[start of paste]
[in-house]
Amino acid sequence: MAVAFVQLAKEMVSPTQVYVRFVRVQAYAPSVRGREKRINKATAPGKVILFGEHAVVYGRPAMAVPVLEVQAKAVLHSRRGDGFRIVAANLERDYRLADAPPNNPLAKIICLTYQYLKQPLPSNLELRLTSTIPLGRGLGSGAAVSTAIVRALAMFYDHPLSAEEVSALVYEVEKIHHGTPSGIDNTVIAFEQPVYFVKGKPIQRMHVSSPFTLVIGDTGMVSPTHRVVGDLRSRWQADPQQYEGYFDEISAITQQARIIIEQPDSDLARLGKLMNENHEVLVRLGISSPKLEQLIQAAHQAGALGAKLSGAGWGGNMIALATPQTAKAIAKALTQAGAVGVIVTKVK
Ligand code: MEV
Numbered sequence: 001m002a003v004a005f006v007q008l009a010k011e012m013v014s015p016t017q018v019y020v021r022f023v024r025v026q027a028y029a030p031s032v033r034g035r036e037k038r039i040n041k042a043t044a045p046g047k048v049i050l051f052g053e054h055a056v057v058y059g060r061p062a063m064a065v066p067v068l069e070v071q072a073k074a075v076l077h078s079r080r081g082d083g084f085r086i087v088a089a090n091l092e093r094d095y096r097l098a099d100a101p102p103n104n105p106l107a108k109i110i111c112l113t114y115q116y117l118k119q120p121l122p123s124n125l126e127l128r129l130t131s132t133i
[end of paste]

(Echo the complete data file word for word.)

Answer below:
[in-house]
Amino acid sequence: MAVAFVQLAKEMVSPTQVYVRFVRVQAYAPSVRGREKRINKATAPGKVILFGEHAVVYGRPAMAVPVLEVQAKAVLHSRRGDGFRIVAANLERDYRLADAPPNNPLAKIICLTYQYLKQPLPSNLELRLTSTIPLGRGLGSGAAVSTAIVRALAMFYDHPLSAEEVSALVYEVEKIHHGTPSGIDNTVIAFEQPVYFVKGKPIQRMHVSSPFTLVIGDTGMVSPTHRVVGDLRSRWQADPQQYEGYFDEISAITQQARIIIEQPDSDLARLGKLMNENHEVLVRLGISSPKLEQLIQAAHQAGALGAKLSGAGWGGNMIALATPQTAKAIAKALTQAGAVGVIVTKVK
Ligand code: MEV
Numbered sequence: 001m002a003v004a005f006v007q008l009a010k011e012m013v014s015p016t017q018v019y020v021r022f023v024r025v026q027a028y029a030p031s032v033r034g035r036e037k038r039i040n041k042a043t044a045p046g047k048v049i050l051f052g053e054h055a056v057v058y059g060r061p062a063m064a065v066p067v068l069e070v071q072a073k074a075v076l077h078s079r080r081g082d083g084f085r086i087v088a089a090n091l092e093r094d095y096r097l098a099d100a101p102p103n104n105p106l107a108k109i110i111c112l113t114y115q116y117l118k119q120p121l122p123s124n125l126e127l128r129l130t131s132t133i